How the COVID-19 Pandemic is Affecting Hospitals in Athens and Hocking Counties< < Back to
ATHENS, Ohio (WOUB) — The state of Ohio has asked all hospitals to cancel elective surgeries, which could put strain on rural hospitals’ finances.
The chief nursing officer at OhioHealth O’Bleness Hospital said she feels confident in the hospital’s ability to serve the Athens community if there is a surge in COVID-19 cases.
Rhonda Dixon said because elective surgeries have been canceled, O’Bleness staff have been training in other areas to prepare for a possible influx of patients.
“We still have some surgeries, but not near like we did,” she said. “So, the people that were doing those jobs normally on a routine basis, what we’re doing is training them every day now. So if I’m a surgery nurse today, how can I work with a nurse in one of the inpatient units that can help if and when we get a surge of patients.”
Dixon added OhioHealth hospitals are working with medical centers outside the network as part of the Central Ohio Trauma System (COTS), which includes locations in southeast Ohio.
Stacey Gabriel, president and CEO of Hocking Valley Community Hospital, spoke with WOSU in Columbus about the challenges her hospital is facing.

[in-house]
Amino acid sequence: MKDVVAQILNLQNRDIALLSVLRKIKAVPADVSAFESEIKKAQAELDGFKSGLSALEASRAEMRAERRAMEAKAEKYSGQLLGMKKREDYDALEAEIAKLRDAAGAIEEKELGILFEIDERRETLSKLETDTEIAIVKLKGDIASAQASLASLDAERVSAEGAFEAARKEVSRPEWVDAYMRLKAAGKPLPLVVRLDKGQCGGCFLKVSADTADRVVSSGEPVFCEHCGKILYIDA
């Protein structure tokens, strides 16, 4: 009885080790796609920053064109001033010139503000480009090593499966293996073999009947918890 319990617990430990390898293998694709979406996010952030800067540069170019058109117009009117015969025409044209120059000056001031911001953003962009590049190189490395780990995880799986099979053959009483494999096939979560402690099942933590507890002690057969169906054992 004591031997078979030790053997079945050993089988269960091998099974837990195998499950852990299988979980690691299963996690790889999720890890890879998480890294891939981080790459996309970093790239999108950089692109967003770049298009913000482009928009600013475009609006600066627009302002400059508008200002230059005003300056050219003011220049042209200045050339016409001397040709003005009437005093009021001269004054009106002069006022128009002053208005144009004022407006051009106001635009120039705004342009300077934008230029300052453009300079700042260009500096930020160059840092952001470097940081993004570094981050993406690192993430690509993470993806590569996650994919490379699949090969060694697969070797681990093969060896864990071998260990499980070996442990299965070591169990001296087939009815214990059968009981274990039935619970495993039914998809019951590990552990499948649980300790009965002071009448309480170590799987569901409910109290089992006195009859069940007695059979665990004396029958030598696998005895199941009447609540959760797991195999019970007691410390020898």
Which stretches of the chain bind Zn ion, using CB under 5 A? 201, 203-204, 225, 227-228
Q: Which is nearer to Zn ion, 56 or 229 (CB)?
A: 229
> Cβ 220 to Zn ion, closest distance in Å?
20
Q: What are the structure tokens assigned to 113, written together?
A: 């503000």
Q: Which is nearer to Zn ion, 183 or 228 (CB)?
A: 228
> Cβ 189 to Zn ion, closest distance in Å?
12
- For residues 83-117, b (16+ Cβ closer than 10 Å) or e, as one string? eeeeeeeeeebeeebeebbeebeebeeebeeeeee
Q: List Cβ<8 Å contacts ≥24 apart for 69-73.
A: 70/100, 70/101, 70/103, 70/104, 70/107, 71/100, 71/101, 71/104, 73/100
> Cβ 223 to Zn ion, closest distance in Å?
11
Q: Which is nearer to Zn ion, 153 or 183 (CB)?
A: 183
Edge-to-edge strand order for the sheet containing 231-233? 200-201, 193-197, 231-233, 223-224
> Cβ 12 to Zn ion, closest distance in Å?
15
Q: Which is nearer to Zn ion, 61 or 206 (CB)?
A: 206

Gabriel said the cancellation of elective surgeries has put a strain on the hospital’s already tight budget. She also said she is concerned that rural hospitals were not specifically part of the $100 billion designated for hospitals in the federal stimulus package.
“We didn’t have time to try and save, we have little ability to save for a rainy day anyway,” she said in an interview with WOSU’s Ann Fisher on Wednesday. “So, this has just created quite a financial stress and a financial burden. And I know we’re not the only hospital; this is a nationwide issue for all critical access hospitals or rural hospitals.”
Hocking Valley Community Hospital is not listed as a member of the Central Ohio Trauma System, but it is designated a critical access hospital by the Centers for Medicare and Medicaid Services. This is a designation given to some rural hospitals to help with federal funding. O’Bleness is a member of COTS, but is not designated a critical access hospital according to the Ohio Hospital Association.
Dixon said she has not been part of any conversations about revenue concerns.
“We’re in a very good place because of the strength of our system,” she told WOUB.
Dixon said medical care centers in the OhioHealth network have created a number of teams to make sure supply chains and staffing are adequate.
She also said she is encouraged by the Food and Drug Administration’s approval for Columbus-based Battelle Memorial Institute to sterilize tens of thousands of N-95 surgical masks per day.
“It’s a huge game-changer for us,” she said. “We have the same strain as everyone in the country as far as equipment and people.”
Both Dixon and Gabriel said their hospitals have surge plans in place if there is an influx of COVID-19 patients.
“We are training, we are planning…we are working through protocol,” Dixon said. “We want our community to know that we’re going to be there for them.”
Gabriel told WOSU the Hocking County community has been generous with their donations and prayers.
“We are truly blessed to have a community who is so tight-knit,” she said.